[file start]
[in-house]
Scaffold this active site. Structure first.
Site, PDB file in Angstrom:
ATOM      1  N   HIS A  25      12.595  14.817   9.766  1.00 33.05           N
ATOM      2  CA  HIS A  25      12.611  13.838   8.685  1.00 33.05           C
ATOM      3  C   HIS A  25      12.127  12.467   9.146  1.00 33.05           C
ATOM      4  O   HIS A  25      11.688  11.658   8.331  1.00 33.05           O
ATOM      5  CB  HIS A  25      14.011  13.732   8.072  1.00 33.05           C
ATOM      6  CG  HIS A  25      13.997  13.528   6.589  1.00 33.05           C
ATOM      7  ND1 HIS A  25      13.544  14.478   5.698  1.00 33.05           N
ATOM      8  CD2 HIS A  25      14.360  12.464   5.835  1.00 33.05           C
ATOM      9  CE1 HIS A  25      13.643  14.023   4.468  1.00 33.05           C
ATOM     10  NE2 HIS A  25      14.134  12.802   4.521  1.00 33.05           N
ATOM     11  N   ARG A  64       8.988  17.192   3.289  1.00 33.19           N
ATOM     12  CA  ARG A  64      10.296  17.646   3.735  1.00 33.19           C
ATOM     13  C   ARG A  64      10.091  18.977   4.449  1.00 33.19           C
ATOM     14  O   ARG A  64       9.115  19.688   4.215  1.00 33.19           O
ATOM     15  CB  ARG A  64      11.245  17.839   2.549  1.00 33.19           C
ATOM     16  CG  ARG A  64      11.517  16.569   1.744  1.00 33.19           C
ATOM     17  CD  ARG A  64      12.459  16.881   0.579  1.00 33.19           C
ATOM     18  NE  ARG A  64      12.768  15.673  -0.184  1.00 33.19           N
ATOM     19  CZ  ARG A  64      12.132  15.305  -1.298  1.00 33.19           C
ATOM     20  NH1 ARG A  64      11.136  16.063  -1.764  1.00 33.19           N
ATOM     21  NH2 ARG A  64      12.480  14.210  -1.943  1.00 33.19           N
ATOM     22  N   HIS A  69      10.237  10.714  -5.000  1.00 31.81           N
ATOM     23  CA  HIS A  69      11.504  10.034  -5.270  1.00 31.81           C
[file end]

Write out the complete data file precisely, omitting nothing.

[in-house]
Scaffold this active site. Structure first.
Site, PDB file in Angstrom:
ATOM      1  N   HIS A  25      12.595  14.817   9.766  1.00 33.05           N
ATOM      2  CA  HIS A  25      12.611  13.838   8.685  1.00 33.05           C
ATOM      3  C   HIS A  25      12.127  12.467   9.146  1.00 33.05           C
ATOM      4  O   HIS A  25      11.688  11.658   8.331  1.00 33.05           O
ATOM      5  CB  HIS A  25      14.011  13.732   8.072  1.00 33.05           C
ATOM      6  CG  HIS A  25      13.997  13.528   6.589  1.00 33.05           C
ATOM      7  ND1 HIS A  25      13.544  14.478   5.698  1.00 33.05           N
ATOM      8  CD2 HIS A  25      14.360  12.464   5.835  1.00 33.05           C
ATOM      9  CE1 HIS A  25      13.643  14.023   4.468  1.00 33.05           C
ATOM     10  NE2 HIS A  25      14.134  12.802   4.521  1.00 33.05           N
ATOM     11  N   ARG A  64       8.988  17.192   3.289  1.00 33.19           N
ATOM     12  CA  ARG A  64      10.296  17.646   3.735  1.00 33.19           C
ATOM     13  C   ARG A  64      10.091  18.977   4.449  1.00 33.19           C
ATOM     14  O   ARG A  64       9.115  19.688   4.215  1.00 33.19           O
ATOM     15  CB  ARG A  64      11.245  17.839   2.549  1.00 33.19           C
ATOM     16  CG  ARG A  64      11.517  16.569   1.744  1.00 33.19           C
ATOM     17  CD  ARG A  64      12.459  16.881   0.579  1.00 33.19           C
ATOM     18  NE  ARG A  64      12.768  15.673  -0.184  1.00 33.19           N
ATOM     19  CZ  ARG A  64      12.132  15.305  -1.298  1.00 33.19           C
ATOM     20  NH1 ARG A  64      11.136  16.063  -1.764  1.00 33.19           N
ATOM     21  NH2 ARG A  64      12.480  14.210  -1.943  1.00 33.19           N
ATOM     22  N   HIS A  69      10.237  10.714  -5.000  1.00 31.81           N
ATOM     23  CA  HIS A  69      11.504  10.034  -5.270  1.00 31.81           C